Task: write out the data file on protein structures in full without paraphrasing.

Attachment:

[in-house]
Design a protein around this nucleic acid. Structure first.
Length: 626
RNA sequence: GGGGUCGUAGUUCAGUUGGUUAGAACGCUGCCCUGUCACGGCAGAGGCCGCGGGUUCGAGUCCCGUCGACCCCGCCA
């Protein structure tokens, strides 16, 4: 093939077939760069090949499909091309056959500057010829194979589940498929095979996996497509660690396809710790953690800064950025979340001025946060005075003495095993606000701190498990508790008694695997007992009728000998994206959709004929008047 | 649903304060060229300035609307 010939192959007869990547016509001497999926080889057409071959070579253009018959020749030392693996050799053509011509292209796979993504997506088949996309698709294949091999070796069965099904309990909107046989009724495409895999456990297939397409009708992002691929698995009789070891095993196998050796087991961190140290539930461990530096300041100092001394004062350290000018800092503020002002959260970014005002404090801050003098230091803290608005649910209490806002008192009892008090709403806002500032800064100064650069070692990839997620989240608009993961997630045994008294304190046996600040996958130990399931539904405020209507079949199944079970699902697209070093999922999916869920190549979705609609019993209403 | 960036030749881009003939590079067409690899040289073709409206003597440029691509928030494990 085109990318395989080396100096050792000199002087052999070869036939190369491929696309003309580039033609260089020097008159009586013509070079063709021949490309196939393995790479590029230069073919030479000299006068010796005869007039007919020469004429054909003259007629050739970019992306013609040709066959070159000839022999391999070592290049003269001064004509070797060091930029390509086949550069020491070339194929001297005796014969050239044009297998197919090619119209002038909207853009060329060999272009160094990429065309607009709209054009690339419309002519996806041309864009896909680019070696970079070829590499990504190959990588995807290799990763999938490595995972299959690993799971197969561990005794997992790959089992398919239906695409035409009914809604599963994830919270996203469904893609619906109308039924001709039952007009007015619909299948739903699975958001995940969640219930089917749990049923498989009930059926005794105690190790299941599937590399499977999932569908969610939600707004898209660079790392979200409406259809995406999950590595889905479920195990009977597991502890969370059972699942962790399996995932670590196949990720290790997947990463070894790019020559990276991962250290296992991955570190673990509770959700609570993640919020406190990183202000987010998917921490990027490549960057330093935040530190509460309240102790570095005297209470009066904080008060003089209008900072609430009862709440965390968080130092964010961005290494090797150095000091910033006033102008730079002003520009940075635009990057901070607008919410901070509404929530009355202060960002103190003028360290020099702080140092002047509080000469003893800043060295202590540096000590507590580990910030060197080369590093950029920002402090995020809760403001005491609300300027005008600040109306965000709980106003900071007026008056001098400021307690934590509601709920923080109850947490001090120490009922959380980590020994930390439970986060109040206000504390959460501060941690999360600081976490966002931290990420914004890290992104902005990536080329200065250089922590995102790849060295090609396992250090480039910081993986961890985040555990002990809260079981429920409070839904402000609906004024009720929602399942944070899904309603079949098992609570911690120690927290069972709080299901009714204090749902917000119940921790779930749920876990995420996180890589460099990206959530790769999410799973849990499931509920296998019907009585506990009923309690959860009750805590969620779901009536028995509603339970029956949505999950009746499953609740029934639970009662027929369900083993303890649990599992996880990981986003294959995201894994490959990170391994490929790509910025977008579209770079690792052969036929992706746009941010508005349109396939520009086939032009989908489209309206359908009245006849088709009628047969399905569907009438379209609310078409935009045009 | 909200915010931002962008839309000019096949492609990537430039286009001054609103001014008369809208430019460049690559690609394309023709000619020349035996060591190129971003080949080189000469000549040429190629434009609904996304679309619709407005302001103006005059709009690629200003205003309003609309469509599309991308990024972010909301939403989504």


[in-house]
Design a protein around this nucleic acid. Structure first.
Length: 626
RNA sequence: GGGGUCGUAGUUCAGUUGGUUAGAACGCUGCCCUGUCACGGCAGAGGCCGCGGGUUCGAGUCCCGUCGACCCCGCCA
């Protein structure tokens, strides 16, 4: 093939077939760069090949499909091309056959500057010829194979589940498929095979996996497509660690396809710790953690800064950025979340001025946060005075003495095993606000701190498990508790008694695997007992009728000998994206959709004929008047 | 649903304060060229300035609307 010939192959007869990547016509001497999926080889057409071959070579253009018959020749030392693996050799053509011509292209796979993504997506088949996309698709294949091999070796069965099904309990909107046989009724495409895999456990297939397409009708992002691929698995009789070891095993196998050796087991961190140290539930461990530096300041100092001394004062350290000018800092503020002002959260970014005002404090801050003098230091803290608005649910209490806002008192009892008090709403806002500032800064100064650069070692990839997620989240608009993961997630045994008294304190046996600040996958130990399931539904405020209507079949199944079970699902697209070093999922999916869920190549979705609609019993209403 | 960036030749881009003939590079067409690899040289073709409206003597440029691509928030494990 085109990318395989080396100096050792000199002087052999070869036939190369491929696309003309580039033609260089020097008159009586013509070079063709021949490309196939393995790479590029230069073919030479000299006068010796005869007039007919020469004429054909003259007629050739970019992306013609040709066959070159000839022999391999070592290049003269001064004509070797060091930029390509086949550069020491070339194929001297005796014969050239044009297998197919090619119209002038909207853009060329060999272009160094990429065309607009709209054009690339419309002519996806041309864009896909680019070696970079070829590499990504190959990588995807290799990763999938490595995972299959690993799971197969561990005794997992790959089992398919239906695409035409009914809604599963994830919270996203469904893609619906109308039924001709039952007009007015619909299948739903699975958001995940969640219930089917749990049923498989009930059926005794105690190790299941599937590399499977999932569908969610939600707004898209660079790392979200409406259809995406999950590595889905479920195990009977597991502890969370059972699942962790399996995932670590196949990720290790997947990463070894790019020559990276991962250290296992991955570190673990509770959700609570993640919020406190990183202000987010998917921490990027490549960057330093935040530190509460309240102790570095005297209470009066904080008060003089209008900072609430009862709440965390968080130092964010961005290494090797150095000091910033006033102008730079002003520009940075635009990057901070607008919410901070509404929530009355202060960002103190003028360290020099702080140092002047509080000469003893800043060295202590540096000590507590580990910030060197080369590093950029920002402090995020809760403001005491609300300027005008600040109306965000709980106003900071007026008056001098400021307690934590509601709920923080109850947490001090120490009922959380980590020994930390439970986060109040206000504390959460501060941690999360600081976490966002931290990420914004890290992104902005990536080329200065250089922590995102790849060295090609396992250090480039910081993986961890985040555990002990809260079981429920409070839904402000609906004024009720929602399942944070899904309603079949098992609570911690120690927290069972709080299901009714204090749902917000119940921790779930749920876990995420996180890589460099990206959530790769999410799973849990499931509920296998019907009585506990009923309690959860009750805590969620779901009536028995509603339970029956949505999950009746499953609740029934639970009662027929369900083993303890649990599992996880990981986003294959995201894994490959990170391994490929790509910025977008579209770079690792052969036929992706746009941010508005349109396939520009086939032009989908489209309206359908009245006849088709009628047969399905569907009438379209609310078409935009045009 | 909200915010931002962008839309000019096949492609990537430039286009001054609103001014008369809208430019460049690559690609394309023709000619020349035996060591190129971003080949080189000469000549040429190629434009609904996304679309619709407005302001103006005059709009690629200003205003309003609309469509599309991308990024972010909301939403989504």